Justen Ollendick, Arizona Farm Bureau Intern: Meet father and son farming duo, Sonny and Adam Hatley. The Hatley family is just one of thousands of family owned/operating farming operations in Arizona. In fact, more than 96% of Arizona’s farms and ranches are family owned and operated, nationally it’s just one percentage point more. A supporter of the community, the industry, and everything in-between, just goes to show how much this Arizona farming family cares for the agricultural industry and community as a whole.

An interview with Adam Hatley of Associated Farming Company.

Part of an ongoing series about Arizona Farming and Ranching Families. 

Talk about your farm: The partners of Associated Farming Company include, Adam’s parents, Aubrey (Sonny) and Diane Hatley, his sister Stephanie Hatley, Michelle Hatley and myself, Adam. Our farm consists of 3,600 leased acres on the Salt River Pima Maricopa Indian Community. Our crop acres include: 1,800 acres of cotton, 750 acres of alfalfa, 300 acres of corn, 200 acres of barley, and 30 acres of sweet corn.

What changes have you seen in your lifetime as it relates to farming and/or ranching? The most significant change is the introduction of biotechnology in agriculture. Prior to the introduction of biotech we had large crews in the fields in the heat of summer hoeing weeds, and spraying for pink boll worm every 14 days. With the new technology, we can control the weeds with herbicides and the crops are resistant to pink bollworm. Biotechnology has made a positive impact in our industry and in our environment.

As science, the research and studies continue to reveal, biotech crops are continuing to improve our environment, allow us to grow more on less land and improve in areas we never imagined before. As a cotton and corn producer, to me the biggest benefit has been our drastic reduction in pesticide applications.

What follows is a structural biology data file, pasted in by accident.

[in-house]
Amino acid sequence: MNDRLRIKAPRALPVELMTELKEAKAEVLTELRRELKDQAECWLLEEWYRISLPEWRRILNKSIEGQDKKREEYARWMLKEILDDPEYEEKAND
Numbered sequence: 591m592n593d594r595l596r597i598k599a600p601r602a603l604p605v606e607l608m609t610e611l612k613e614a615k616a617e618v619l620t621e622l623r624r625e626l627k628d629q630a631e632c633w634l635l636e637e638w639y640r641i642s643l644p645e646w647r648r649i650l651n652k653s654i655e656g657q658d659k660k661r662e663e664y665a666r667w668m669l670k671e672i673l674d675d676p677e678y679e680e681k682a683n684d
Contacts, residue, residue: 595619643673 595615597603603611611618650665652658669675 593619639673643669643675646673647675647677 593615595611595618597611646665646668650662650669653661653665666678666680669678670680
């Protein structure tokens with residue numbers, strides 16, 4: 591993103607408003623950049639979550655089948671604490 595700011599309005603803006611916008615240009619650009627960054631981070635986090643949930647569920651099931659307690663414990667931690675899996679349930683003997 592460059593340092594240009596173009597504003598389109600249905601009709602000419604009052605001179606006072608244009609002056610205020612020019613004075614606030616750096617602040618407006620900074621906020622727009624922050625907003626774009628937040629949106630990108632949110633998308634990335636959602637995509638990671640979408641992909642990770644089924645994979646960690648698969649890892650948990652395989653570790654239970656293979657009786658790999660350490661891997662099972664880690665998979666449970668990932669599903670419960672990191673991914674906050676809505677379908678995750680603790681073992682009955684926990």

Adam Hatley, seen here in the 30-acres of sweet corn he planted this last spring, along with most farmers is always looking for opportunity in agriculture to diversity the crops and/or business model where it makes sense.

Why did you choose to go into agriculture? It was a family business.

What generation of farming are you? I am a third-generation farmer. My grandfather farmed in Arizona and Texas; my dad operated a farm/ranch in West Texas before coming to Arizona.

Adam and his dad, Sonny, in one of their cotton fields. 

Will anyone in your family...younger generation...pursue farming? As of right now, that is undetermined.

Would you ever consider growing an emerging crop or changing your farm model? For agriculture to be sustainable and profitable we have to progress with the changing times. Even though cotton has been our mainstay since the beginning, we are diverse enough to grow the commodities that give us the best opportunity for profit.

What are your community activities? Why are you involved? I served on the Natural Resource Conservation District Board, County and State Farm Bureau, Arizona Cotton Growers, Cotton Research and Protection Counsel, and the Cotton Board. I’m also involved in my church. I think it’s important to give back to our industry and the community and in doing so I’ve been able to meet great people.

What is one fact/experience/achievement no one knows about you? I’m a graduate of Texas A & M Executive program TEPAP (The Executive Program for Ag Producers). Sonny received the High Cotton award for the southwest region in 2008.

What do you think you do really well? Explain. As it relates to our operation, my dad and I focus on taking advantage of new technology and being as efficient as possible without compromising productivity.

Why are you a farm bureau member? I’m active in Farm Bureau because they’re great advocates for farmers and ranchers.

How do you participate with your county Farm Bureau? I served on the county board, and past president.

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